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About Us

Michael Doran

Michael Doran

Positions

  • Group Leader Stem Cell Therapies Laboratory, IHBI, QUT
  • Senior Lecturer, Faculty of Health, QUT
  • Honorary Research Fellow, Mater Medical Research Institute

Contact Details

Phone
+61 7 3443 7348

Qualifications

PhD, Biomedical Engineering, University of New South Wales, Australia, 2006

BEng, Chemical Engineering, University of Alberta, 2001

BSc,  Genetics, University of Alberta, 1997

Biography

A/Prof Mike Doran completed a BSc (Genetics) and BEng (Chemical) at the University of Alberta in Canada. Following a brief career as a Project Manager for Exxon/Mobile, A/Prof Doran relocated to Sydney, Australia to undertake a PhD in Biomedical Engineering. As a PhD student, he contributed to the development of a bioreactor for stem cell expansion. This system was subsequently integrated with CaridianBCT’s dialysis robotics platform.

Following his PhD (2006), A/Prof Doran completed two postdoctoral fellowships split between the University of Queensland (UQ) and the Mater Medical Research Institute (MMRI). During this time he filed two more patents, lectured a fourth year Engineering Subject for three years at UQ, mentored postgraduate students, published a number of high-impact papers, won UniQuest Trailblazer Innovation awards in three consecutive years, won four external competitive grants and presented internationally at a number of conferences.

In 2010, A/Prof Doran relocated to QUT where he was awarded the prestigious QUT Vice Chancellor’s Fellowship. He is a Group Leader at the Translational Research Institute (TRI) on the Princess Alexandra Hospital campus with a growing research team which includes six PhD students, a research assistant and a Postdoctoral Research Fellow.

Awards and grants

2016-2018

NHMRC Project Grant

The microniche: A novel in-vitro and in-vivo prostate cancer model system

Doran, Vela, Tse, Russell

2013-2015

NHMRC Project Grant

Coupling an injectable gel and MSC microtissues to enhance cartilage repair

Doran, Klein, Xiao, Crawford

2014-2015

NHMRC Project Grant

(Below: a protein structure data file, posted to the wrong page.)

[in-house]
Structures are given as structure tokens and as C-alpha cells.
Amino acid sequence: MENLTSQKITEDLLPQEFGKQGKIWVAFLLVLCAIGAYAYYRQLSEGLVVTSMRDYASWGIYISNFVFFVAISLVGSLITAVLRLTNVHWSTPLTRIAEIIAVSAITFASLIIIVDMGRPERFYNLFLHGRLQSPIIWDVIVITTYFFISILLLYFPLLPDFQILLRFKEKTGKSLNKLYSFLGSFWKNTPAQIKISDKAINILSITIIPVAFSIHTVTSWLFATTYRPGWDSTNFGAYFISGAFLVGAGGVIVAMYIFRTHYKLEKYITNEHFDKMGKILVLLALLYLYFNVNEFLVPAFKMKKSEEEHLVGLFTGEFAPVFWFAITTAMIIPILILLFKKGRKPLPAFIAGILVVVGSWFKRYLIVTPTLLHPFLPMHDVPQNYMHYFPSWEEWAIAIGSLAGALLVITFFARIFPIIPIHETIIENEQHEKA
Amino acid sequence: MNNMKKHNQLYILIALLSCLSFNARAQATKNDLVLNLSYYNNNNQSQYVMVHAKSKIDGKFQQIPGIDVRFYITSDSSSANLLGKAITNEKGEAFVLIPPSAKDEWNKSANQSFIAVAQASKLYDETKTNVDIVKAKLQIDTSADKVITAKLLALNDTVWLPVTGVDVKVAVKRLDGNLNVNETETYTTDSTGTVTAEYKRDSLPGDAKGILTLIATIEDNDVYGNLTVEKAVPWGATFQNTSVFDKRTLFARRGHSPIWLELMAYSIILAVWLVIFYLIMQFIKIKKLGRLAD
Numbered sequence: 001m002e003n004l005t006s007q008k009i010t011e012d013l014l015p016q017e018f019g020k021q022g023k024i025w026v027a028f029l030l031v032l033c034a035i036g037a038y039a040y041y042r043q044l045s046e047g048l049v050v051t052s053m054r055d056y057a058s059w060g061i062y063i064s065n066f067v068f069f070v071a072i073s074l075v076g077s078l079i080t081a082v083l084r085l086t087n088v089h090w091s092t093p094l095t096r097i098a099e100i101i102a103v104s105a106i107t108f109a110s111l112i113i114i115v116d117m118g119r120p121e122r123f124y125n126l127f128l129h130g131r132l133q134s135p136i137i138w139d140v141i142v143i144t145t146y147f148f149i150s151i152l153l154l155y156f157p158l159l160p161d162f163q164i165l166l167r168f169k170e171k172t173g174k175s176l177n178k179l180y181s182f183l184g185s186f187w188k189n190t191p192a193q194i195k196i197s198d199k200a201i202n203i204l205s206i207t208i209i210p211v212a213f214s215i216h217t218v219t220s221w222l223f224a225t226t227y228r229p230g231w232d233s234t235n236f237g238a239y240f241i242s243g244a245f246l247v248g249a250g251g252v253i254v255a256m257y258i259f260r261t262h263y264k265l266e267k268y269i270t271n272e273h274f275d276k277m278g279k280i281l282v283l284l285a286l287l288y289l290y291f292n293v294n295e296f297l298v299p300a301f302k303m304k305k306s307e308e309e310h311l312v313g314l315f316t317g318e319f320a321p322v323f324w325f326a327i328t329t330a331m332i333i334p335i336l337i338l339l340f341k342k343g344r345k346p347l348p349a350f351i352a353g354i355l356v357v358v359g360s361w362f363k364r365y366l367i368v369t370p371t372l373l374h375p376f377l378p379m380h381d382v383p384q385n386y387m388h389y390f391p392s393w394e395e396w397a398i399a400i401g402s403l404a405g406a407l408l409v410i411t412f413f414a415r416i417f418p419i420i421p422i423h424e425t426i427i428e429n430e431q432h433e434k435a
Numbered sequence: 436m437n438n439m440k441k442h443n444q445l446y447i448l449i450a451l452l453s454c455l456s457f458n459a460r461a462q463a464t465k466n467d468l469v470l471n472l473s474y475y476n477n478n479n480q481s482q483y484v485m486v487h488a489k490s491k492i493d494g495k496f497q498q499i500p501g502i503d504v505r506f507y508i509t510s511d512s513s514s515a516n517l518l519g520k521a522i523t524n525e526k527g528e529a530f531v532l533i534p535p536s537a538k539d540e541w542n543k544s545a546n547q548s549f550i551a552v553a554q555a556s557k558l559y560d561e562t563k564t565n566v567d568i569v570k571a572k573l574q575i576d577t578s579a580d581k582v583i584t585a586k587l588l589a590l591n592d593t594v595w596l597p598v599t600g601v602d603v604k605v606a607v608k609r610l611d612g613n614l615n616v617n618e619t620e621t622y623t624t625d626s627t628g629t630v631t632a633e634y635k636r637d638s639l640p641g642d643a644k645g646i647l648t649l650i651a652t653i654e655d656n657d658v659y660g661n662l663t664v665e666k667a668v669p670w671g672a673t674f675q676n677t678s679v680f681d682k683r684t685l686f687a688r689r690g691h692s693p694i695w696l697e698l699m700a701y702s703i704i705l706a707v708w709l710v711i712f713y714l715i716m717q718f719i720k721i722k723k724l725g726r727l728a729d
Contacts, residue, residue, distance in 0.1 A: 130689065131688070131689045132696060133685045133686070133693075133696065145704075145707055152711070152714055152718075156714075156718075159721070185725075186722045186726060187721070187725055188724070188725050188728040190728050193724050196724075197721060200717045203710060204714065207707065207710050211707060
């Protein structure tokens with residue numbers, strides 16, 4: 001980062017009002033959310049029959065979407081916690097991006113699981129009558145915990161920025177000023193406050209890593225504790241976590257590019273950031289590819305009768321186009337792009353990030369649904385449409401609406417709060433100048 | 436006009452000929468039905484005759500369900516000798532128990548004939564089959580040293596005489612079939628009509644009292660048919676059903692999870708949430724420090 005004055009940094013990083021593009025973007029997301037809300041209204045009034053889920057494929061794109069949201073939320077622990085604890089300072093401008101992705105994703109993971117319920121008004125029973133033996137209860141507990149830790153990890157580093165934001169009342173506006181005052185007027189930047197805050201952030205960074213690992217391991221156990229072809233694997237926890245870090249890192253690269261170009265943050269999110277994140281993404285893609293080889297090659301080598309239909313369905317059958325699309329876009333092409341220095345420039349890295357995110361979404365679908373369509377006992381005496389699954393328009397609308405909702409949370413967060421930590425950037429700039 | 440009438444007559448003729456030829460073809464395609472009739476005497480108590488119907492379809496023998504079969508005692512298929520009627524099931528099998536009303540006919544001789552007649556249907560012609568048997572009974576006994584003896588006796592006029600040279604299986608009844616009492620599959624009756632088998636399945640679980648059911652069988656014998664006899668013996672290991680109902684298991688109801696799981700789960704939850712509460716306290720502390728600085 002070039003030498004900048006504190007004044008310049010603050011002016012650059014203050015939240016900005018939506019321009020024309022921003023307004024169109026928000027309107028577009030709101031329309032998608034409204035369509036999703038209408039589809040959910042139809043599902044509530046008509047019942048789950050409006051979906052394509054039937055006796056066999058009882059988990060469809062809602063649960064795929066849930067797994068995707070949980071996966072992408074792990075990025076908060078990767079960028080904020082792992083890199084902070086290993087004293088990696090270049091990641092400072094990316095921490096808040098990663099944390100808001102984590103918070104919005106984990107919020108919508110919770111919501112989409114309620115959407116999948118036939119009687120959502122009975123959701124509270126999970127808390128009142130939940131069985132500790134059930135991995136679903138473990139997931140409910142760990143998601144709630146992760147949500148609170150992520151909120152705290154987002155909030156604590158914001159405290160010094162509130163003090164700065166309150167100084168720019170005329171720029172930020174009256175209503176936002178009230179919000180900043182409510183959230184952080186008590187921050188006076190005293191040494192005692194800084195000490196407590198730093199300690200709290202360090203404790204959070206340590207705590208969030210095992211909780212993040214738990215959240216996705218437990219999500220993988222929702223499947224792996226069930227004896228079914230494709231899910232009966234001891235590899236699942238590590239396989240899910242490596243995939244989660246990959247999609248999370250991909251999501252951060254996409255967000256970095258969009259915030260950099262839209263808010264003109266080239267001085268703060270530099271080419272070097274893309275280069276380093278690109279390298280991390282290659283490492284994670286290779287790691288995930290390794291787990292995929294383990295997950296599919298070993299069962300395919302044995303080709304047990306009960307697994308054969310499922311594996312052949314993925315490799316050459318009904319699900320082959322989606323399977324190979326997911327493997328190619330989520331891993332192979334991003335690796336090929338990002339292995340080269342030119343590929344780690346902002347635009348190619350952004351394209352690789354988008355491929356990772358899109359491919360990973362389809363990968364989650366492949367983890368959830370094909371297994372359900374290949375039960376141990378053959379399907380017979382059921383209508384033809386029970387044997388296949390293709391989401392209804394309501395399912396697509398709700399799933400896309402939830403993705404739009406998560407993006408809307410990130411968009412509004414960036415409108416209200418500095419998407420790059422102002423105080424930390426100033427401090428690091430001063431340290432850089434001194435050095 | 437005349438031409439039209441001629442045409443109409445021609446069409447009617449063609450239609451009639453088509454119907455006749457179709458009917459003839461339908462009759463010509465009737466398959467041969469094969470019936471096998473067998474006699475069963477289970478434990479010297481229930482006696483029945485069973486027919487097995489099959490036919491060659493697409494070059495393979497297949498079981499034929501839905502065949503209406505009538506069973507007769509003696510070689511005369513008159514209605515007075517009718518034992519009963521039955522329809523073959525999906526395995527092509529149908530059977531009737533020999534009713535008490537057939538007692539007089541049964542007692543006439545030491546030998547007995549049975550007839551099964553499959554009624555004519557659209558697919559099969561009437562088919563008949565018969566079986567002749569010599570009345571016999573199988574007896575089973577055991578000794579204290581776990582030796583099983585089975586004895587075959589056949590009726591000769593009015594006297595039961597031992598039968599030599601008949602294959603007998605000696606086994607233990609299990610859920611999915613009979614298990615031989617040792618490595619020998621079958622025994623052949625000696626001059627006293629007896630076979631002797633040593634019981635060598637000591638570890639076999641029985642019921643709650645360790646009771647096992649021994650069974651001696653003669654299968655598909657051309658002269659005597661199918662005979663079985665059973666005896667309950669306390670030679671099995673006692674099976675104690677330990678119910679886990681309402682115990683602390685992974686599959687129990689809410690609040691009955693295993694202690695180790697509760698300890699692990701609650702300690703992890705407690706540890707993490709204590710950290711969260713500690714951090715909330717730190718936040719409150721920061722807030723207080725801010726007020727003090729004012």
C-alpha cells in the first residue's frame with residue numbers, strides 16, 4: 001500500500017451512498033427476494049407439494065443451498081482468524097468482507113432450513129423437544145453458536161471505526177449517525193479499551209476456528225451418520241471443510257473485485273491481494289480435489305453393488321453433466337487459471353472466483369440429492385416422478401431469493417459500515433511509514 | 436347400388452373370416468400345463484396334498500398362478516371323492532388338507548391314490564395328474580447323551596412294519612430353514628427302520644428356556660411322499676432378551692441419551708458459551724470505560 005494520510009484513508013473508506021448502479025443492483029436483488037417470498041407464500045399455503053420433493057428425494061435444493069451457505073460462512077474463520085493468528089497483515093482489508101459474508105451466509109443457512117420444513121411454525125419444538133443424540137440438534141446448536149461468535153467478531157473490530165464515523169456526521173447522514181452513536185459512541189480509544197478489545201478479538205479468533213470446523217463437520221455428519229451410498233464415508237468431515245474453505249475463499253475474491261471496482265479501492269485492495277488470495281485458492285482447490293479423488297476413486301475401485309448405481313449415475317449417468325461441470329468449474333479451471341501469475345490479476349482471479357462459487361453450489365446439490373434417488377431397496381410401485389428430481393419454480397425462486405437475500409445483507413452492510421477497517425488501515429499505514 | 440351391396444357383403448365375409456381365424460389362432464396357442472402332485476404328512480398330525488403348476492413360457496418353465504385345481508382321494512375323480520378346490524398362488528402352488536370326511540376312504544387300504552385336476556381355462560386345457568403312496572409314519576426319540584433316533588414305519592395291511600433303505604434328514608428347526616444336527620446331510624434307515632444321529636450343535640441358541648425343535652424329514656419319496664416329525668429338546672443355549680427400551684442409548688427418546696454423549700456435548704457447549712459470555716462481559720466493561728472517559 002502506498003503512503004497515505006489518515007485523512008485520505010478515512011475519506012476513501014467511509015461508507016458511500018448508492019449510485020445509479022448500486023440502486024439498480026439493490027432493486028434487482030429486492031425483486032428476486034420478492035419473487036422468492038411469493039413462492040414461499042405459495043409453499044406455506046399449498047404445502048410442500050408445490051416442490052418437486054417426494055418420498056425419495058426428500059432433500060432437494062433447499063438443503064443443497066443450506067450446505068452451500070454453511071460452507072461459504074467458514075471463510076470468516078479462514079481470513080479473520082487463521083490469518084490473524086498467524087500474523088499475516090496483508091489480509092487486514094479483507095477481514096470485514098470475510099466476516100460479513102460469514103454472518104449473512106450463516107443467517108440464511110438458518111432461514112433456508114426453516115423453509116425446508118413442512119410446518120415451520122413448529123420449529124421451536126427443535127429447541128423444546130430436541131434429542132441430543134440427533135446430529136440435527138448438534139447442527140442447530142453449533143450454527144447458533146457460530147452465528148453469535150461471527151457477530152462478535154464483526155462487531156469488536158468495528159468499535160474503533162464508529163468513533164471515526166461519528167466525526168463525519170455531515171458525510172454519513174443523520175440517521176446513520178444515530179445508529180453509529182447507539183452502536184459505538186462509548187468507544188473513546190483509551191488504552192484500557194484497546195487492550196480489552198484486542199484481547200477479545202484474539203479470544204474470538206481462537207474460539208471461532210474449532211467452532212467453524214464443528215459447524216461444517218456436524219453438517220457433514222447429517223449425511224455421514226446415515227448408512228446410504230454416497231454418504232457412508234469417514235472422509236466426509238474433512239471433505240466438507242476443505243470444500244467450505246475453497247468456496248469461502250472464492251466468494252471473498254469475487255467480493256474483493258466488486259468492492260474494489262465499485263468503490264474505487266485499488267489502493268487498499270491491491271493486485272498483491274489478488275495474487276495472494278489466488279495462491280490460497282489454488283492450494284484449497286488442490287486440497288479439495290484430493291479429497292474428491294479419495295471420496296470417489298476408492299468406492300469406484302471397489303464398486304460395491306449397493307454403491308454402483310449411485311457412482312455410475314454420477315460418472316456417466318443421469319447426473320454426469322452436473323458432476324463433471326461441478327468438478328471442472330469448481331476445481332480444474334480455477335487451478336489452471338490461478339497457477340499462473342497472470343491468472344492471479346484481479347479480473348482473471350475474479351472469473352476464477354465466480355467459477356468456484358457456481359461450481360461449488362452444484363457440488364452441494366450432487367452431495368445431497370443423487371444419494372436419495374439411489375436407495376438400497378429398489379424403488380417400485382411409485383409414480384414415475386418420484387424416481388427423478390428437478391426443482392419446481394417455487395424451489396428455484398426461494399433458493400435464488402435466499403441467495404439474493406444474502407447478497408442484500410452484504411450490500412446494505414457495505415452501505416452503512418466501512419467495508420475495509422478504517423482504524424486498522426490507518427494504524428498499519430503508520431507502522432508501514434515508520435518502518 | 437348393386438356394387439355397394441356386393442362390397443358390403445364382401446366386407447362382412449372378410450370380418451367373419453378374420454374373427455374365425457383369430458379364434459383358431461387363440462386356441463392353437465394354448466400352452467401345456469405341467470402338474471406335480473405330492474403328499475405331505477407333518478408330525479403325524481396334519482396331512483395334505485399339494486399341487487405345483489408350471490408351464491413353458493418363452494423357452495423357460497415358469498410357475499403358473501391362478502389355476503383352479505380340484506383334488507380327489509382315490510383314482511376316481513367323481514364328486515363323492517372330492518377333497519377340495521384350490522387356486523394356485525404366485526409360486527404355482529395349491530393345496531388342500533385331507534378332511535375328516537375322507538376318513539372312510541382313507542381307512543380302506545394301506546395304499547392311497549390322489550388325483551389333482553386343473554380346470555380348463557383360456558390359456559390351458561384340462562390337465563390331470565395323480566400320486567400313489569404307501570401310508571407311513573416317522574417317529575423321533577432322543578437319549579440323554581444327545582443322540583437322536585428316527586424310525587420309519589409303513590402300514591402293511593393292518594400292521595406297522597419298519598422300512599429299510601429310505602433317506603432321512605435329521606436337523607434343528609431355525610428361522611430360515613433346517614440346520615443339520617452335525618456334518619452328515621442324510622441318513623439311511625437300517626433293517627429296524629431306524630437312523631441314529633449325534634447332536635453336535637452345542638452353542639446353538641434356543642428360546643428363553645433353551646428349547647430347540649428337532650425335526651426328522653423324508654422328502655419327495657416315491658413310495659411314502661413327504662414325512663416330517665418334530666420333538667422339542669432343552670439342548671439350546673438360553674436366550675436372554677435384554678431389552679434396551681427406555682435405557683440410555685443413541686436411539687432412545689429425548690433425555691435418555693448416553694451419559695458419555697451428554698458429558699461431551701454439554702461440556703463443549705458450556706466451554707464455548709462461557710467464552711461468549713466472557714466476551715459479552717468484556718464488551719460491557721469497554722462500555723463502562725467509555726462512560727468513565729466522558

Engineering an Osteochondral Tissue for Cartilage Defect Repair

Cooper-White, Doran

2013, 2014, 2015

Prostate Cancer Foundation of Australia

Engineering a High-Throughput Prostate Cancer Stem Cell Niche Mimic

Doran, Chambers, Clements

2013-2015

NHMRC

Innovations in Diabetic Foot Ulcer (DFU) Wound Care

Upton, Doran, Khosrotehrani

2011-2013

Wound Healing Innovation CRC

Rapid production system for HSE

Doran

2011-2013

Wound Healing Innovation CRC

Expansion of MSCs

Doran

2011-2012

Perpetual Philanthropies

The Next Step in Cartilage

Doran and Klein

2012-2013

Inner Wheel Australia

Temporary Immune Support for Cord Blood Transplant Recipients

Doran

2010-2011

NHMRC

Taking the Limp out of Cartilage Repair

Cooper-White and Doran

2010

Inner Wheel Australia

Defining the oxygen and redox conditions for human cord blood stem cell expansion

Doran, Nielsen, Atkinson, Brooke

Research interests

A/Prof Mike Doran is a Bioengineer with interests in stem cells, regenerative medicine and cancer models.  He has formal training in Genetics (BSc) and Chemical Engineering (BEng) from the University of Alberta, Canada.  A/Prof Doran then worked as a Project Manager for Esso (Exxon/Mobile) before undertaking a PhD in Biomedical Engineering at the University of New South Wales, Australia.

A/Prof Doran directs a small research team through the Queensland University of Technology, and his Laboratory is located at the Translational Research Institute on the Princess Alexandra Hospital Campus (Brisbane, Australia).  A/Prof Doran also consults for a Brisbane-based Intellectual Property law firm as an expert witness in patent oppositions.

Current research projects

Cartilage tissue engineering